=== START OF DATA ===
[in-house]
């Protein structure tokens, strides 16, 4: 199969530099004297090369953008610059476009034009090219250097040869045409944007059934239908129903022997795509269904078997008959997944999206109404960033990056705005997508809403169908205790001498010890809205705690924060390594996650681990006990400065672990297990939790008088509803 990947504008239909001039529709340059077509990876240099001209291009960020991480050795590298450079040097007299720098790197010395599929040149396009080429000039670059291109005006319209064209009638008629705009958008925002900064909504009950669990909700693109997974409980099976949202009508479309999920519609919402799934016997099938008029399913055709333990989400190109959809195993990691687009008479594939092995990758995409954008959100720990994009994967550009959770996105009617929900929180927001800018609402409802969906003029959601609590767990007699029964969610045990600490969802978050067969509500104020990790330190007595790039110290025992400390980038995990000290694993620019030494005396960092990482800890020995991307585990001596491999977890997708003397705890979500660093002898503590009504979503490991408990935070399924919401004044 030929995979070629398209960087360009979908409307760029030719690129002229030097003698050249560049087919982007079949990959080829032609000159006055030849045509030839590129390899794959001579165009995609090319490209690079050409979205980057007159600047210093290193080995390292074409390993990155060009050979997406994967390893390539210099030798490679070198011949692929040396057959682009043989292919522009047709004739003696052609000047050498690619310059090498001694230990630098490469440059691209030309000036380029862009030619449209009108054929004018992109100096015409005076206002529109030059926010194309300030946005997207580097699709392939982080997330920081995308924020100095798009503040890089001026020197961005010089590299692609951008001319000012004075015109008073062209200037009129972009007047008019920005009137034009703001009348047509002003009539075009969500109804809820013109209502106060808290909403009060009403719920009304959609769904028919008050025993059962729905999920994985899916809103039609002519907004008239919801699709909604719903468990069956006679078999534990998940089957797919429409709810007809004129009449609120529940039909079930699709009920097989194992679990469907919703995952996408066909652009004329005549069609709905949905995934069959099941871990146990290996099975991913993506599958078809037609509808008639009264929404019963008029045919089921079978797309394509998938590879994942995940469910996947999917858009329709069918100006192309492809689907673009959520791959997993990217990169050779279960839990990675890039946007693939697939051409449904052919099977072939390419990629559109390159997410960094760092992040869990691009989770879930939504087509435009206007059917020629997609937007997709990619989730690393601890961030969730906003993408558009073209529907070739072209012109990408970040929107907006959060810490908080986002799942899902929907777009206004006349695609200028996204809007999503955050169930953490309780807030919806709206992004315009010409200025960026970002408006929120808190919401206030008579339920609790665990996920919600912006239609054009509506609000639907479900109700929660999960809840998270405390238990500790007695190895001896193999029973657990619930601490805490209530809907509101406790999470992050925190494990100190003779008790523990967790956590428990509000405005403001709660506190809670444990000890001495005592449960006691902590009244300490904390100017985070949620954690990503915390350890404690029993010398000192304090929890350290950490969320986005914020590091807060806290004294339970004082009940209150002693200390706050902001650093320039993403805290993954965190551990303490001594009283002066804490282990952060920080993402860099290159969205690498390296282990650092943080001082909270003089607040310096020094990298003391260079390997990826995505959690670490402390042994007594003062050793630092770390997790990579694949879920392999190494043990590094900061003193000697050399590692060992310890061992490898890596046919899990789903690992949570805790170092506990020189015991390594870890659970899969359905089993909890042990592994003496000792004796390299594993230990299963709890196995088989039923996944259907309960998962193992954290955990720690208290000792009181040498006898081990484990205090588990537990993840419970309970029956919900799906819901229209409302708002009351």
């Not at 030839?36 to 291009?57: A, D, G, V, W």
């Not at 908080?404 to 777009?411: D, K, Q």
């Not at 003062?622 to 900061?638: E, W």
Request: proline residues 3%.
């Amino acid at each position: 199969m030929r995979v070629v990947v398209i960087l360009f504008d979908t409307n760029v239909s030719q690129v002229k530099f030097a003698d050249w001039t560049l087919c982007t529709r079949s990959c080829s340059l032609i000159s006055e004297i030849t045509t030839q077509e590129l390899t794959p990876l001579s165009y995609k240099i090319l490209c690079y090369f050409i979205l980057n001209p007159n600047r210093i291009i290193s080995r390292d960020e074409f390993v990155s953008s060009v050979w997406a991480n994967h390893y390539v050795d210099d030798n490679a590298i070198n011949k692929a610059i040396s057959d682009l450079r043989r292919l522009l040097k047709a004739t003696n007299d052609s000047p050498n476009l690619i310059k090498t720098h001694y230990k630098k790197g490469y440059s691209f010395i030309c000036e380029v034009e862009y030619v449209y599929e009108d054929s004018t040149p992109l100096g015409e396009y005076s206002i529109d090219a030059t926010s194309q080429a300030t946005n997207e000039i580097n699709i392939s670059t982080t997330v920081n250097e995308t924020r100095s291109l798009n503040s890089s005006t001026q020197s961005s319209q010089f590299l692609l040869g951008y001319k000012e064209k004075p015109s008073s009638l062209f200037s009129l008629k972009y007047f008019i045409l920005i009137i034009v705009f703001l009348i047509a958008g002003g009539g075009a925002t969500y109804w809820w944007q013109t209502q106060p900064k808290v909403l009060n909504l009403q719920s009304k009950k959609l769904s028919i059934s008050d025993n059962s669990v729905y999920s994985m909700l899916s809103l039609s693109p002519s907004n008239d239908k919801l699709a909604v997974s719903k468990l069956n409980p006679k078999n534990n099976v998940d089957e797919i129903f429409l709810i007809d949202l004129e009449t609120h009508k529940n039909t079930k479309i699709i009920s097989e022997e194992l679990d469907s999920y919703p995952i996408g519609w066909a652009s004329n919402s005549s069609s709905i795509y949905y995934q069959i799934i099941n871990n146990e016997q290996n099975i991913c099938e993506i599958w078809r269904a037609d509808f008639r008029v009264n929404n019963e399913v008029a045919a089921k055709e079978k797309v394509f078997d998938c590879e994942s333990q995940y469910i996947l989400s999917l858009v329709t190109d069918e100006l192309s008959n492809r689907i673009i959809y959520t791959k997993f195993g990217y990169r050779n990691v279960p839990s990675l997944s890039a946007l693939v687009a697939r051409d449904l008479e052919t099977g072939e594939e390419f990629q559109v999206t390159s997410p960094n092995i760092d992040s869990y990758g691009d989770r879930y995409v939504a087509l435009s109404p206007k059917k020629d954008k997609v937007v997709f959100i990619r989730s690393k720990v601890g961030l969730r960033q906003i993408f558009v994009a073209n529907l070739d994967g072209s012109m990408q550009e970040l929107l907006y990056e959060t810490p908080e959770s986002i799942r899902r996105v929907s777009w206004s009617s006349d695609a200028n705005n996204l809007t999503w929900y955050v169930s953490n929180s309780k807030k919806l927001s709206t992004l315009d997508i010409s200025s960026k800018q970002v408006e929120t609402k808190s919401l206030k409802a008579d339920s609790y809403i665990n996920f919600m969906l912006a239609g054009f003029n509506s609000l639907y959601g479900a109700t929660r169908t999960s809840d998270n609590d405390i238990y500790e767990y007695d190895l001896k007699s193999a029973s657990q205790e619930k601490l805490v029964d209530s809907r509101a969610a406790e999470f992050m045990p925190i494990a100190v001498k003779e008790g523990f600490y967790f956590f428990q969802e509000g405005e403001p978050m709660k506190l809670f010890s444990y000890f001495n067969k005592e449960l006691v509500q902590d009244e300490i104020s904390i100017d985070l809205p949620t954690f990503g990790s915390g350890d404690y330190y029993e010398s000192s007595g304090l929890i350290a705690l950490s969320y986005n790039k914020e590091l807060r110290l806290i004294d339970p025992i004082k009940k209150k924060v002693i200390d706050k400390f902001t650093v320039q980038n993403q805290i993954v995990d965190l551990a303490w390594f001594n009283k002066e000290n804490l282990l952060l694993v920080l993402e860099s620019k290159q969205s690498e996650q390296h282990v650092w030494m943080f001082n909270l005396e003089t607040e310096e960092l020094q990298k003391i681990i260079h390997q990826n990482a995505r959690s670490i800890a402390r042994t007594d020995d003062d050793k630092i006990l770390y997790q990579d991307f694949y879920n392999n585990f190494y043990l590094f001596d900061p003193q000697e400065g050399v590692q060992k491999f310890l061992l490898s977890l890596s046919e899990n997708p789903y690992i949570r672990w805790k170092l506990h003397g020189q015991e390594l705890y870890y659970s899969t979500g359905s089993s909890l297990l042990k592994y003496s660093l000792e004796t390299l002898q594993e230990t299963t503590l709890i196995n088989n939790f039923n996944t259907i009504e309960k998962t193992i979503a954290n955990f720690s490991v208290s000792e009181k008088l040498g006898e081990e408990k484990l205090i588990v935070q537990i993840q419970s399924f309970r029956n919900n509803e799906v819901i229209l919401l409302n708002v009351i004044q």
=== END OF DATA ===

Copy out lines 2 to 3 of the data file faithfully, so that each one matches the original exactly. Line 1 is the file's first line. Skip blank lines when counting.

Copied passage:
């Protein structure tokens, strides 16, 4: 199969530099004297090369953008610059476009034009090219250097040869045409944007059934239908129903022997795509269904078997008959997944999206109404960033990056705005997508809403169908205790001498010890809205705690924060390594996650681990006990400065672990297990939790008088509803 990947504008239909001039529709340059077509990876240099001209291009960020991480050795590298450079040097007299720098790197010395599929040149396009080429000039670059291109005006319209064209009638008629705009958008925002900064909504009950669990909700693109997974409980099976949202009508479309999920519609919402799934016997099938008029399913055709333990989400190109959809195993990691687009008479594939092995990758995409954008959100720990994009994967550009959770996105009617929900929180927001800018609402409802969906003029959601609590767990007699029964969610045990600490969802978050067969509500104020990790330190007595790039110290025992400390980038995990000290694993620019030494005396960092990482800890020995991307585990001596491999977890997708003397705890979500660093002898503590009504979503490991408990935070399924919401004044 030929995979070629398209960087360009979908409307760029030719690129002229030097003698050249560049087919982007079949990959080829032609000159006055030849045509030839590129390899794959001579165009995609090319490209690079050409979205980057007159600047210093290193080995390292074409390993990155060009050979997406994967390893390539210099030798490679070198011949692929040396057959682009043989292919522009047709004739003696052609000047050498690619310059090498001694230990630098490469440059691209030309000036380029862009030619449209009108054929004018992109100096015409005076206002529109030059926010194309300030946005997207580097699709392939982080997330920081995308924020100095798009503040890089001026020197961005010089590299692609951008001319000012004075015109008073062209200037009129972009007047008019920005009137034009703001009348047509002003009539075009969500109804809820013109209502106060808290909403009060009403719920009304959609769904028919008050025993059962729905999920994985899916809103039609002519907004008239919801699709909604719903468990069956006679078999534990998940089957797919429409709810007809004129009449609120529940039909079930699709009920097989194992679990469907919703995952996408066909652009004329005549069609709905949905995934069959099941871990146990290996099975991913993506599958078809037609509808008639009264929404019963008029045919089921079978797309394509998938590879994942995940469910996947999917858009329709069918100006192309492809689907673009959520791959997993990217990169050779279960839990990675890039946007693939697939051409449904052919099977072939390419990629559109390159997410960094760092992040869990691009989770879930939504087509435009206007059917020629997609937007997709990619989730690393601890961030969730906003993408558009073209529907070739072209012109990408970040929107907006959060810490908080986002799942899902929907777009206004006349695609200028996204809007999503955050169930953490309780807030919806709206992004315009010409200025960026970002408006929120808190919401206030008579339920609790665990996920919600912006239609054009509506609000639907479900109700929660999960809840998270405390238990500790007695190895001896193999029973657990619930601490805490209530809907509101406790999470992050925190494990100190003779008790523990967790956590428990509000405005403001709660506190809670444990000890001495005592449960006691902590009244300490904390100017985070949620954690990503915390350890404690029993010398000192304090929890350290950490969320986005914020590091807060806290004294339970004082009940209150002693200390706050902001650093320039993403805290993954965190551990303490001594009283002066804490282990952060920080993402860099290159969205690498390296282990650092943080001082909270003089607040310096020094990298003391260079390997990826995505959690670490402390042994007594003062050793630092770390997790990579694949879920392999190494043990590094900061003193000697050399590692060992310890061992490898890596046919899990789903690992949570805790170092506990020189015991390594870890659970899969359905089993909890042990592994003496000792004796390299594993230990299963709890196995088989039923996944259907309960998962193992954290955990720690208290000792009181040498006898081990484990205090588990537990993840419970309970029956919900799906819901229209409302708002009351």
């Not at 030839?36 to 291009?57: A, D, G, V, W």